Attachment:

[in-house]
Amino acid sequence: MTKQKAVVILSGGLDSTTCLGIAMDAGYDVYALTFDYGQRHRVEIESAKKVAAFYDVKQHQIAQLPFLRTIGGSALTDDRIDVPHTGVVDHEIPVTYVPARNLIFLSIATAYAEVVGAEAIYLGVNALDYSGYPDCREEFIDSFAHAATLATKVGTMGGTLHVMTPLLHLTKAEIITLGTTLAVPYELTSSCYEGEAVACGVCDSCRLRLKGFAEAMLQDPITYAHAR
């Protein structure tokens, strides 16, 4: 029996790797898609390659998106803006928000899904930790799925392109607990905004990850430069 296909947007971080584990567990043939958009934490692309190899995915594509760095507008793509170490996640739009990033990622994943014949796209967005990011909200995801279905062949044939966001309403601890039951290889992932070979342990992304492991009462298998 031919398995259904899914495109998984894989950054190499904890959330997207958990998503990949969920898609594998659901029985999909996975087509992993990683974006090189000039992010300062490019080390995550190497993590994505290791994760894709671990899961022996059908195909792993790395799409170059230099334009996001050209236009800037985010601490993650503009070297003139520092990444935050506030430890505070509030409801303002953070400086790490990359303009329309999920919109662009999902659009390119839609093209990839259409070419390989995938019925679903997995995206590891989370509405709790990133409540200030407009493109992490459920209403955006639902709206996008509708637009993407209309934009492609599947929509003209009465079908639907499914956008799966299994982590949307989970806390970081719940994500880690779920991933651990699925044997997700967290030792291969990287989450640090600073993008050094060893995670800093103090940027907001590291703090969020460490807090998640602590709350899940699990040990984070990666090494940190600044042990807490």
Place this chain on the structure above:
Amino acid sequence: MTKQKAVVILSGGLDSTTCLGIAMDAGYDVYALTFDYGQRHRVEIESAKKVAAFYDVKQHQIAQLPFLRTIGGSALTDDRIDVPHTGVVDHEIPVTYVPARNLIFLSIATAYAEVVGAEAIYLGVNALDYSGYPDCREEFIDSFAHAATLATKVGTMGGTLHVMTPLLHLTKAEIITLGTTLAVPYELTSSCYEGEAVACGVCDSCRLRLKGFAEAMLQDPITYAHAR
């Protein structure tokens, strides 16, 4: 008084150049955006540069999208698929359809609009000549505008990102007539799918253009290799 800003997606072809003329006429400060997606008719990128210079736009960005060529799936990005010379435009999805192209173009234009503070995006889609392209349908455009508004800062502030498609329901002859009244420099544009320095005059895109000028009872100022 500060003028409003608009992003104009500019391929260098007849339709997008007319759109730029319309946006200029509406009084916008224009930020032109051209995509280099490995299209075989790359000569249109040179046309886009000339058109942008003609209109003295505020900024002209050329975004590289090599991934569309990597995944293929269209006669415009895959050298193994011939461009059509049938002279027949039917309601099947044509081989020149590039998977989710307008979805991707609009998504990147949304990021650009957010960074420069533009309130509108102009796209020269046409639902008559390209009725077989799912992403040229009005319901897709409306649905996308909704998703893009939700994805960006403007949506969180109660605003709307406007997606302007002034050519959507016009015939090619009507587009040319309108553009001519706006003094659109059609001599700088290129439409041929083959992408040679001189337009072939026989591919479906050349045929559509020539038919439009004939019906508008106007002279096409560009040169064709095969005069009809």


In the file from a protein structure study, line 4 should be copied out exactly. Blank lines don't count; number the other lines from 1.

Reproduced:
Place this chain on the structure above: